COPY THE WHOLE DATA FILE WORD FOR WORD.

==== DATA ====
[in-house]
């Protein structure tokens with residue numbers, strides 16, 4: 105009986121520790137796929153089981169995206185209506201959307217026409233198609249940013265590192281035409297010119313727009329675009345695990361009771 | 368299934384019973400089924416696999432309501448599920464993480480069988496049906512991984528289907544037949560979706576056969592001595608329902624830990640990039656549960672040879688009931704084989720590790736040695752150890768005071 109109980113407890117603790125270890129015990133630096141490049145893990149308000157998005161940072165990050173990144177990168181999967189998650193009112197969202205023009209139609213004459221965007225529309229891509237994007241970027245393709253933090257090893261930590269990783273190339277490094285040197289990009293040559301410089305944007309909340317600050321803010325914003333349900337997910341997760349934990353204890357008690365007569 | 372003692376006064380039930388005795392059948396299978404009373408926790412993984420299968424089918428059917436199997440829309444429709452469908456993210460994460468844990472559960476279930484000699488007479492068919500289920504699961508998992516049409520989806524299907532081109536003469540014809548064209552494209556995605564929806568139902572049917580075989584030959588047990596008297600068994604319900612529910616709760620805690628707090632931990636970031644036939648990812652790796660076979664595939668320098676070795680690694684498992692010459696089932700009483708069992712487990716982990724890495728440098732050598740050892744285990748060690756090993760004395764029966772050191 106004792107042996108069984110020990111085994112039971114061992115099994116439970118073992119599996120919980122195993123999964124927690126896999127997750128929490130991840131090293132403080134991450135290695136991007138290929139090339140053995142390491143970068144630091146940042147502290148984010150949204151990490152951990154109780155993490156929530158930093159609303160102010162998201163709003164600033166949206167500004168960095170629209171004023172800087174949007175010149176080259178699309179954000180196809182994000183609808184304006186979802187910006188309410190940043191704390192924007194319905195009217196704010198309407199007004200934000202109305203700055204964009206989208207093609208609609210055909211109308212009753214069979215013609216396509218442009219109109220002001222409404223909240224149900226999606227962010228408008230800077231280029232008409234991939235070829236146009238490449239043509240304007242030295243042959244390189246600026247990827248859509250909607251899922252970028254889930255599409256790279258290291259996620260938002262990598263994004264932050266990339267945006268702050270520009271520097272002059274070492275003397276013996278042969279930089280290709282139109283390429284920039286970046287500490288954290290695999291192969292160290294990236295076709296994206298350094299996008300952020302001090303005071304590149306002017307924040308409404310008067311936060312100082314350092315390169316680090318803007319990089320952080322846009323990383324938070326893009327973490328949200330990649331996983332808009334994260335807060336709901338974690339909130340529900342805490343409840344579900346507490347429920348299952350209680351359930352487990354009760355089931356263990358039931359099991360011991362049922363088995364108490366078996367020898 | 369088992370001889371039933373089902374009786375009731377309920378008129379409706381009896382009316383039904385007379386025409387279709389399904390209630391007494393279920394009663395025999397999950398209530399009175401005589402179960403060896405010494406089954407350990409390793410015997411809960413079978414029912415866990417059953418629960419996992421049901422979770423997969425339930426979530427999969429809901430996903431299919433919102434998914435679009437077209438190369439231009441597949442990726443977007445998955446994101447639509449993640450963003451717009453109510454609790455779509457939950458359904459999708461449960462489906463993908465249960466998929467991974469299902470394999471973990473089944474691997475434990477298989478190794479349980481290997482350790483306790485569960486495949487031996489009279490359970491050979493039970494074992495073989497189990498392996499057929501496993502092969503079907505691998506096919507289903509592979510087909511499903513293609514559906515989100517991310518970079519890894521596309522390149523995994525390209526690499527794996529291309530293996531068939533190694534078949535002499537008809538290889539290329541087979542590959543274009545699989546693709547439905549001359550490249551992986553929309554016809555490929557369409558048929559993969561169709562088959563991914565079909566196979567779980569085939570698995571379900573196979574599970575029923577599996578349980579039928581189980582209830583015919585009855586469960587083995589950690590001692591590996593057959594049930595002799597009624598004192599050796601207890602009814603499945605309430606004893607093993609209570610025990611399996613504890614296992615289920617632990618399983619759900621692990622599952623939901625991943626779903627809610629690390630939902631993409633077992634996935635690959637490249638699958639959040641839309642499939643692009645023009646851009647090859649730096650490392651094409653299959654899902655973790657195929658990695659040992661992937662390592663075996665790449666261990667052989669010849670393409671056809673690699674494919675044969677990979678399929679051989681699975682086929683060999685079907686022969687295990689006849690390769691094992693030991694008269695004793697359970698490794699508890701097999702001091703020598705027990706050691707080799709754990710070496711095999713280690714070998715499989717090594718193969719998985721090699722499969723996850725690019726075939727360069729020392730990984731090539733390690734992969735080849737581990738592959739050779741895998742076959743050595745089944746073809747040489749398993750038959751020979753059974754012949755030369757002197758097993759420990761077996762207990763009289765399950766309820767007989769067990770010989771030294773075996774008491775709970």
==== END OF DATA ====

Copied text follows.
[in-house]
């Protein structure tokens with residue numbers, strides 16, 4: 105009986121520790137796929153089981169995206185209506201959307217026409233198609249940013265590192281035409297010119313727009329675009345695990361009771 | 368299934384019973400089924416696999432309501448599920464993480480069988496049906512991984528289907544037949560979706576056969592001595608329902624830990640990039656549960672040879688009931704084989720590790736040695752150890768005071 109109980113407890117603790125270890129015990133630096141490049145893990149308000157998005161940072165990050173990144177990168181999967189998650193009112197969202205023009209139609213004459221965007225529309229891509237994007241970027245393709253933090257090893261930590269990783273190339277490094285040197289990009293040559301410089305944007309909340317600050321803010325914003333349900337997910341997760349934990353204890357008690365007569 | 372003692376006064380039930388005795392059948396299978404009373408926790412993984420299968424089918428059917436199997440829309444429709452469908456993210460994460468844990472559960476279930484000699488007479492068919500289920504699961508998992516049409520989806524299907532081109536003469540014809548064209552494209556995605564929806568139902572049917580075989584030959588047990596008297600068994604319900612529910616709760620805690628707090632931990636970031644036939648990812652790796660076979664595939668320098676070795680690694684498992692010459696089932700009483708069992712487990716982990724890495728440098732050598740050892744285990748060690756090993760004395764029966772050191 106004792107042996108069984110020990111085994112039971114061992115099994116439970118073992119599996120919980122195993123999964124927690126896999127997750128929490130991840131090293132403080134991450135290695136991007138290929139090339140053995142390491143970068144630091146940042147502290148984010150949204151990490152951990154109780155993490156929530158930093159609303160102010162998201163709003164600033166949206167500004168960095170629209171004023172800087174949007175010149176080259178699309179954000180196809182994000183609808184304006186979802187910006188309410190940043191704390192924007194319905195009217196704010198309407199007004200934000202109305203700055204964009206989208207093609208609609210055909211109308212009753214069979215013609216396509218442009219109109220002001222409404223909240224149900226999606227962010228408008230800077231280029232008409234991939235070829236146009238490449239043509240304007242030295243042959244390189246600026247990827248859509250909607251899922252970028254889930255599409256790279258290291259996620260938002262990598263994004264932050266990339267945006268702050270520009271520097272002059274070492275003397276013996278042969279930089280290709282139109283390429284920039286970046287500490288954290290695999291192969292160290294990236295076709296994206298350094299996008300952020302001090303005071304590149306002017307924040308409404310008067311936060312100082314350092315390169316680090318803007319990089320952080322846009323990383324938070326893009327973490328949200330990649331996983332808009334994260335807060336709901338974690339909130340529900342805490343409840344579900346507490347429920348299952350209680351359930352487990354009760355089931356263990358039931359099991360011991362049922363088995364108490366078996367020898 | 369088992370001889371039933373089902374009786375009731377309920378008129379409706381009896382009316383039904385007379386025409387279709389399904390209630391007494393279920394009663395025999397999950398209530399009175401005589402179960403060896405010494406089954407350990409390793410015997411809960413079978414029912415866990417059953418629960419996992421049901422979770423997969425339930426979530427999969429809901430996903431299919433919102434998914435679009437077209438190369439231009441597949442990726443977007445998955446994101447639509449993640450963003451717009453109510454609790455779509457939950458359904459999708461449960462489906463993908465249960466998929467991974469299902470394999471973990473089944474691997475434990477298989478190794479349980481290997482350790483306790485569960486495949487031996489009279490359970491050979493039970494074992495073989497189990498392996499057929501496993502092969503079907505691998506096919507289903509592979510087909511499903513293609514559906515989100517991310518970079519890894521596309522390149523995994525390209526690499527794996529291309530293996531068939533190694534078949535002499537008809538290889539290329541087979542590959543274009545699989546693709547439905549001359550490249551992986553929309554016809555490929557369409558048929559993969561169709562088959563991914565079909566196979567779980569085939570698995571379900573196979574599970575029923577599996578349980579039928581189980582209830583015919585009855586469960587083995589950690590001692591590996593057959594049930595002799597009624598004192599050796601207890602009814603499945605309430606004893607093993609209570610025990611399996613504890614296992615289920617632990618399983619759900621692990622599952623939901625991943626779903627809610629690390630939902631993409633077992634996935635690959637490249638699958639959040641839309642499939643692009645023009646851009647090859649730096650490392651094409653299959654899902655973790657195929658990695659040992661992937662390592663075996665790449666261990667052989669010849670393409671056809673690699674494919675044969677990979678399929679051989681699975682086929683060999685079907686022969687295990689006849690390769691094992693030991694008269695004793697359970698490794699508890701097999702001091703020598705027990706050691707080799709754990710070496711095999713280690714070998715499989717090594718193969719998985721090699722499969723996850725690019726075939727360069729020392730990984731090539733390690734992969735080849737581990738592959739050779741895998742076959743050595745089944746073809747040489749398993750038959751020979753059974754012949755030369757002197758097993759420990761077996762207990763009289765399950766309820767007989769067990770010989771030294773075996774008491775709970």